By Tony Burke – bbmm.ie
One of the most discussed topics I see when attending Digital Media events is ‘Tags vs Categories”.
But what a lot of people don’t seem to understand fully, is the difference between them.
Before we get overwhelmed by a long list of categories and tags to be attached to an article, we need to understand what they are. Once we understand them, we are able to apply them correctly.
To start with, you don’t need to use both.
With Categories, you are structuring information into a hierarchy; this means that categories work like a table of contents for your blog.
You do need to list categories, and also to list as many options as possible when writing about different topics frequently, as you want to make it easier for your readers to find what they are looking for. In theory, you could list every post into the same category, but that wouldn’t be useful at all. Categories are there to help identify what your blog is really about and to assist people finding the right type of content on your site.
With Tags, you are organizing posts on a much more specific level and creating relationships across categories. Tags are actually not required at all, and only offer benefit if used sparsely and correctly.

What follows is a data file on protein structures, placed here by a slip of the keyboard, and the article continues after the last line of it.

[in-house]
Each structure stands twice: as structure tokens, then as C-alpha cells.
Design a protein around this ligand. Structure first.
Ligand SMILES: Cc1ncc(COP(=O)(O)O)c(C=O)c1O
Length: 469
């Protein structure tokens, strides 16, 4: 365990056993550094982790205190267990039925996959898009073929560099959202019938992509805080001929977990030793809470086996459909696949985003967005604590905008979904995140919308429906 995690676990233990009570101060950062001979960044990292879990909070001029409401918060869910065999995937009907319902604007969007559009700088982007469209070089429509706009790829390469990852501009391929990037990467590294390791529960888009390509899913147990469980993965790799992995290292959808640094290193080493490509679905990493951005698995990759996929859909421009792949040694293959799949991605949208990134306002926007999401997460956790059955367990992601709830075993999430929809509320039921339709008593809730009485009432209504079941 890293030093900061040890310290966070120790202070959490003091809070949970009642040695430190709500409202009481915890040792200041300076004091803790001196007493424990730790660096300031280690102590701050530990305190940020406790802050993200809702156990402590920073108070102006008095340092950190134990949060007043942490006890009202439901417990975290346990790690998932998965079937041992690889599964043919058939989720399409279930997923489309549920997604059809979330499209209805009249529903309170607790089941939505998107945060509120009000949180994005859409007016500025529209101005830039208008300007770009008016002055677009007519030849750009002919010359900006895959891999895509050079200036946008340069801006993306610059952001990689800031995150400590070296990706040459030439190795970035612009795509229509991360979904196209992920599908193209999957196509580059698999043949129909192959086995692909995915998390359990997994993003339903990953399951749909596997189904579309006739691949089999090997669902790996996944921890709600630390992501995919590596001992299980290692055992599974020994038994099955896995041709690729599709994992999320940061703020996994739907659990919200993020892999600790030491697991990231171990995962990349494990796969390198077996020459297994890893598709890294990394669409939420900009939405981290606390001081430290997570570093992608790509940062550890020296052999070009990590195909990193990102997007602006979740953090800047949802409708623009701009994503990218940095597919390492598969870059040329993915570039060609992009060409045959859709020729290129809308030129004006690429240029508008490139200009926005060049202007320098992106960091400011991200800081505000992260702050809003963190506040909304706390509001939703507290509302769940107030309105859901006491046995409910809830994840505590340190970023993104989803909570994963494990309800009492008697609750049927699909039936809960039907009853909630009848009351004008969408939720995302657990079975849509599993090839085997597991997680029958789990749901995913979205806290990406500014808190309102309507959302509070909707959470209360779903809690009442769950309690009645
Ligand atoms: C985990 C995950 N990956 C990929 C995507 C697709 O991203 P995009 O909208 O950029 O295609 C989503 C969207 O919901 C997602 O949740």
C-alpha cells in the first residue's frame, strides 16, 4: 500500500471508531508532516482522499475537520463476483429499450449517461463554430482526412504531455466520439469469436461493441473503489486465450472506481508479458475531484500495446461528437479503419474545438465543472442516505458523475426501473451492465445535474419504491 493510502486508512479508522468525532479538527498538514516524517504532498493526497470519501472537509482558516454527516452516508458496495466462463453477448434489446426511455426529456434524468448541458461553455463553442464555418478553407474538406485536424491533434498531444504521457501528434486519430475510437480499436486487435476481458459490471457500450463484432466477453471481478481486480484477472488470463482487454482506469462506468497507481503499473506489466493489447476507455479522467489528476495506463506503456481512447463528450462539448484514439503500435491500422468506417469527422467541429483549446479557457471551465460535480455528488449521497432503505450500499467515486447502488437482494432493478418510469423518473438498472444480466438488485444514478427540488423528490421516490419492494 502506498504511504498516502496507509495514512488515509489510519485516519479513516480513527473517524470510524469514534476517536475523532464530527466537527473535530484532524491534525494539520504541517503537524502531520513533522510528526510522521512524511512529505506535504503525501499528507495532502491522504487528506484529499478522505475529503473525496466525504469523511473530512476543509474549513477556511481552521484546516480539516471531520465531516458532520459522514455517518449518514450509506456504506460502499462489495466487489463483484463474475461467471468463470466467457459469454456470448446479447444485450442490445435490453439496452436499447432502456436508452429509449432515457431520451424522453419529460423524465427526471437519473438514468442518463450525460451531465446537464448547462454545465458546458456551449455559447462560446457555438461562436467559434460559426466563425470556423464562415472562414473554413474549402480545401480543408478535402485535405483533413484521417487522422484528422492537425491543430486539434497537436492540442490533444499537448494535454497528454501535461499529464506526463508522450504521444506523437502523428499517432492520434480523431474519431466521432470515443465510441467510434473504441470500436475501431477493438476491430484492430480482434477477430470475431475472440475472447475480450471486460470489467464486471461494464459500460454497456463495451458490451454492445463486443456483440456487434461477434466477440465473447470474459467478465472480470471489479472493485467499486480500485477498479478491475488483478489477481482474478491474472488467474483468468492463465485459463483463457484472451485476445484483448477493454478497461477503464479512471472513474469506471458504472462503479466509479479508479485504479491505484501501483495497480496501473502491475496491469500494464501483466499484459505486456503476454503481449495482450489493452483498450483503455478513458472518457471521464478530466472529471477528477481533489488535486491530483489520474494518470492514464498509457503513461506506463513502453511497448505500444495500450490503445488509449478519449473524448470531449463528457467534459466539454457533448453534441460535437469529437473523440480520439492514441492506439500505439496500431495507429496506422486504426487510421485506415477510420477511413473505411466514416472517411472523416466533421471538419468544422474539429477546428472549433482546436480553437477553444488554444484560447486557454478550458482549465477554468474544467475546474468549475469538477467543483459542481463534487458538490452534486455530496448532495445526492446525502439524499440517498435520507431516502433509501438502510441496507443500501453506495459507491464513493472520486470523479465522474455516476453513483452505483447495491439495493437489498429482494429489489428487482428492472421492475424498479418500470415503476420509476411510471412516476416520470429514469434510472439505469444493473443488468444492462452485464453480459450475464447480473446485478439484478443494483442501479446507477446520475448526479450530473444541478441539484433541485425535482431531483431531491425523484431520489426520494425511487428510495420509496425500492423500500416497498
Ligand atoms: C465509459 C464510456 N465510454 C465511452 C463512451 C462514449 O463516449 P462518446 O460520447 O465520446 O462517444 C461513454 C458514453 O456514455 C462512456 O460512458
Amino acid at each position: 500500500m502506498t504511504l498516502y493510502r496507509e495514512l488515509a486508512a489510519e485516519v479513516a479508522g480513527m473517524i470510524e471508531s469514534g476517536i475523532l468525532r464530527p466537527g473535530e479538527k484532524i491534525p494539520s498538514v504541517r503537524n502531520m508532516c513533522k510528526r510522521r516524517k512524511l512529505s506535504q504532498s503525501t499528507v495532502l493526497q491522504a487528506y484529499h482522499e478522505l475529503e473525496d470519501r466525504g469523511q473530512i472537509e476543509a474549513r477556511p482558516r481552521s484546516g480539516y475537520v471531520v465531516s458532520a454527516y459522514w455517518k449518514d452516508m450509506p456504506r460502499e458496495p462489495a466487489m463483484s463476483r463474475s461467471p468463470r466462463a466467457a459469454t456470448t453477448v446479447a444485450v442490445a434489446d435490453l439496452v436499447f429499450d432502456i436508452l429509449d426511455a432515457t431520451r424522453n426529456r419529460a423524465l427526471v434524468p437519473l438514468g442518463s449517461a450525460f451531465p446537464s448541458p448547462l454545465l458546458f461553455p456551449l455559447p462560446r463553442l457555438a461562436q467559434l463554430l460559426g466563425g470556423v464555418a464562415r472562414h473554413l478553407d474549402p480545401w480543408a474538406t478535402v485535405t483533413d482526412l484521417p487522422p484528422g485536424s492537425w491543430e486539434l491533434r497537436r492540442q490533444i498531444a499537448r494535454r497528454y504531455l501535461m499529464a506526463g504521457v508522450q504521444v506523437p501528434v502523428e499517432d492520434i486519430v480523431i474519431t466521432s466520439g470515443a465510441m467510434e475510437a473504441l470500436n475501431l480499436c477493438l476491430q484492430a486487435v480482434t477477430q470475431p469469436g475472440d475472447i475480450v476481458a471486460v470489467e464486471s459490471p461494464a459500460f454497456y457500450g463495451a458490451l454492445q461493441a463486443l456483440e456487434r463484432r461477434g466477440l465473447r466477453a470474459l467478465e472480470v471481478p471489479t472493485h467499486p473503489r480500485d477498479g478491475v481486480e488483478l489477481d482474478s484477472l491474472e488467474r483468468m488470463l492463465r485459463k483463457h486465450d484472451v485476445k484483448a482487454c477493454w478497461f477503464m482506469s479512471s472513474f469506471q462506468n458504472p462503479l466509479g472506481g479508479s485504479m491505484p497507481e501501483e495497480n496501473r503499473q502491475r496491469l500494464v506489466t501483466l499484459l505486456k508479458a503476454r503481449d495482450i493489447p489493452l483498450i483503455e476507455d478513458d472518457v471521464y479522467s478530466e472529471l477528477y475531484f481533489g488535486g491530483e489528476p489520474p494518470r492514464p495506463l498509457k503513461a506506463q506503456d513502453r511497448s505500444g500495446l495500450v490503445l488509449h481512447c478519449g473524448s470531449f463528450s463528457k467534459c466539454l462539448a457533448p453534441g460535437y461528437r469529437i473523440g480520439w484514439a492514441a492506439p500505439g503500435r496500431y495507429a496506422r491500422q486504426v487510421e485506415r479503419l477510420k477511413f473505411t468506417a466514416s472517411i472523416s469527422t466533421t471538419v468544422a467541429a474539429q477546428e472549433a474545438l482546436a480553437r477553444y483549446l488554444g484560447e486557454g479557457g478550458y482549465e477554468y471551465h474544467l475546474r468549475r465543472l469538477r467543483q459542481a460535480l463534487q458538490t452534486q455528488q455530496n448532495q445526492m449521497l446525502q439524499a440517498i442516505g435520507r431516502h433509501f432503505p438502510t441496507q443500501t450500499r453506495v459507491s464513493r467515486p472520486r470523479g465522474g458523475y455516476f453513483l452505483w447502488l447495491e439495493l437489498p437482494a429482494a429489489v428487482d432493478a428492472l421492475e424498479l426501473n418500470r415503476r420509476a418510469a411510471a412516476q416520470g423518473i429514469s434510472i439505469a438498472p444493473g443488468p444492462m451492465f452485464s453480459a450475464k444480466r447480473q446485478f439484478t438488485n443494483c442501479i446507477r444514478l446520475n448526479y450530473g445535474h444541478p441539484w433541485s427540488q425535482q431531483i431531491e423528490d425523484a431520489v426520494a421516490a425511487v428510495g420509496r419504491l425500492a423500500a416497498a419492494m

The abusive use of tags actually makes them ‘useless’, and it’s a turn off to your blog visitors, not to mention that Google does not respond to it positively. Tags are not SEO keywords, but far too many people treat them like they are.
In actual fact, you are even more likely to have duplicate content by using more than 2 or 3 tags per blog post. 2 or 3 tags are enough, and well acceptable. By using more than 6 or 7 tags, you will confuse your reader about the blog content, and to use more than that, may give your readers the idea that you are unskilled in the art of blogging, not to mention that it looks too busy and messy!
It is important to consider that even if tags were keywords, why would you ‘keyword stuff’, when you know that search engines will give you negative marks for this? This method is completely outdated and adds no value to your blog, as Google no longer gives good rankings to pages employing this technique.
To finalize, Categories should be large groups of your posts – the subjects that you post about most often. If most of your posts can be in more than one top-level category, your categories are not effectively grouping your content.
Our tip is that you focus on creating a useful category list, and only use tags if you want to link a post from one category to another. Nice and simple!